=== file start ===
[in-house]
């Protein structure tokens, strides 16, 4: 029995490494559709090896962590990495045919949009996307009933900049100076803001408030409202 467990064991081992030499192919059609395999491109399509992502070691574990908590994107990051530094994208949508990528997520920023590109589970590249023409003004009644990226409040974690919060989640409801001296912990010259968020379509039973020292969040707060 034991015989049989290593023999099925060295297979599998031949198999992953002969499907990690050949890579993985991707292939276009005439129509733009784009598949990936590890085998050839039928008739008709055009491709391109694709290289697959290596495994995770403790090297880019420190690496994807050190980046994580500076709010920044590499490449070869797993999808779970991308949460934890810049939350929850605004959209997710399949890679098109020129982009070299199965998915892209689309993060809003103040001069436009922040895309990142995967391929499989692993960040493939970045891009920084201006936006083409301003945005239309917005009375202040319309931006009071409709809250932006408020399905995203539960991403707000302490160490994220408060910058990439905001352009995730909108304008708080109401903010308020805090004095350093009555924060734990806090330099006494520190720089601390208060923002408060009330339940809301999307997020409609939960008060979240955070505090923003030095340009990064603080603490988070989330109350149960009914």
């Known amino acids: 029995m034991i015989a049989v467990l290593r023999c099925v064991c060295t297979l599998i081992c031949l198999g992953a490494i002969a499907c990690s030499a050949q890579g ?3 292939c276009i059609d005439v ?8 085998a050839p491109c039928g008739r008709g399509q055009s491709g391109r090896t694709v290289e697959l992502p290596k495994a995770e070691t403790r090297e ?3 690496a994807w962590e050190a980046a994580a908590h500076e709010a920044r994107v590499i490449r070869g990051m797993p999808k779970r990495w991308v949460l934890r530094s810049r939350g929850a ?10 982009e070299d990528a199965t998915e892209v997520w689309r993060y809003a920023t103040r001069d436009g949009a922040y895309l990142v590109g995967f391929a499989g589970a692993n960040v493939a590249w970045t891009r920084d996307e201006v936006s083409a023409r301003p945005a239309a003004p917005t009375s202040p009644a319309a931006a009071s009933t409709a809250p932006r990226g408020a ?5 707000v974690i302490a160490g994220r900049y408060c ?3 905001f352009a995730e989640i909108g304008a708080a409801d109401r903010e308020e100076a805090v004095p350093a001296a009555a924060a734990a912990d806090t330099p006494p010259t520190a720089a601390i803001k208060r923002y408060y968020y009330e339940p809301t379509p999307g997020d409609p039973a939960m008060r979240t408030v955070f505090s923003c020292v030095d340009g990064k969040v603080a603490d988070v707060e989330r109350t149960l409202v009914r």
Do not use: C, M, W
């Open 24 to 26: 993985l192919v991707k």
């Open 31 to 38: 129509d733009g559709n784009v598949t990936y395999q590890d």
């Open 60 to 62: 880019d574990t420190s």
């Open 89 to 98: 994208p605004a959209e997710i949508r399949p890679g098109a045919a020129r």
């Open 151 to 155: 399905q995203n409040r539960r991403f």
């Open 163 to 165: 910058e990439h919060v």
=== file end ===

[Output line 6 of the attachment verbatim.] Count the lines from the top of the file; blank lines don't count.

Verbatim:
């Open 31 to 38: 129509d733009g559709n784009v598949t990936y395999q590890d």